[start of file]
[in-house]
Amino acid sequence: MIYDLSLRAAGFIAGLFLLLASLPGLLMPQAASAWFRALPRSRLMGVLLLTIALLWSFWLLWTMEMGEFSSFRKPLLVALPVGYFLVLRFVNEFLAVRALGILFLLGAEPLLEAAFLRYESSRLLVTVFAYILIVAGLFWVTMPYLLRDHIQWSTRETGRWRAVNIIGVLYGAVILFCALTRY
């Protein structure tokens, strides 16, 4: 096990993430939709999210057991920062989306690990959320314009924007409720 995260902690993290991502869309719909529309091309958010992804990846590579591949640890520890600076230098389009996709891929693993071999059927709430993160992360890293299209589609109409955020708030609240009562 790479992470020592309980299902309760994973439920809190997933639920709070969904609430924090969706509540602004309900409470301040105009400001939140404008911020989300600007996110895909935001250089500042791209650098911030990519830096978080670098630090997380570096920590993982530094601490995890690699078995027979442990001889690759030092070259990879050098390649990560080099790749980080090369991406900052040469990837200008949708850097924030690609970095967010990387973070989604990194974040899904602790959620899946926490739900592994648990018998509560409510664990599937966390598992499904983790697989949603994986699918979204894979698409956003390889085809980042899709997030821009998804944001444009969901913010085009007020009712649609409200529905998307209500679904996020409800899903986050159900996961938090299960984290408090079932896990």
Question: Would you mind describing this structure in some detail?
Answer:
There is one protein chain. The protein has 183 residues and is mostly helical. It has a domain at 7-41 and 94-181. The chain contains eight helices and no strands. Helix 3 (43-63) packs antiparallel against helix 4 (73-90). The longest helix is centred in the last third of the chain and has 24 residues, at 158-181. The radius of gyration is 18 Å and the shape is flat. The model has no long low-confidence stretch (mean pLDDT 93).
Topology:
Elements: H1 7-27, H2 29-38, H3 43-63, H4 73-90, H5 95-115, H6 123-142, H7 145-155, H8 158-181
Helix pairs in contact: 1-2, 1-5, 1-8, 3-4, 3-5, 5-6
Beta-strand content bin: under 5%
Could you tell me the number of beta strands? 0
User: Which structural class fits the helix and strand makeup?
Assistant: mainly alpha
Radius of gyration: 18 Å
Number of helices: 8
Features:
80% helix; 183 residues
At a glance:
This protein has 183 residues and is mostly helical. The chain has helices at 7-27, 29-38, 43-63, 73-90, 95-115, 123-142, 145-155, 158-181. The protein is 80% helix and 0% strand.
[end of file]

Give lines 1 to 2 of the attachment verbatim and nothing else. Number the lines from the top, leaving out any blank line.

[in-house]
Amino acid sequence: MIYDLSLRAAGFIAGLFLLLASLPGLLMPQAASAWFRALPRSRLMGVLLLTIALLWSFWLLWTMEMGEFSSFRKPLLVALPVGYFLVLRFVNEFLAVRALGILFLLGAEPLLEAAFLRYESSRLLVTVFAYILIVAGLFWVTMPYLLRDHIQWSTRETGRWRAVNIIGVLYGAVILFCALTRY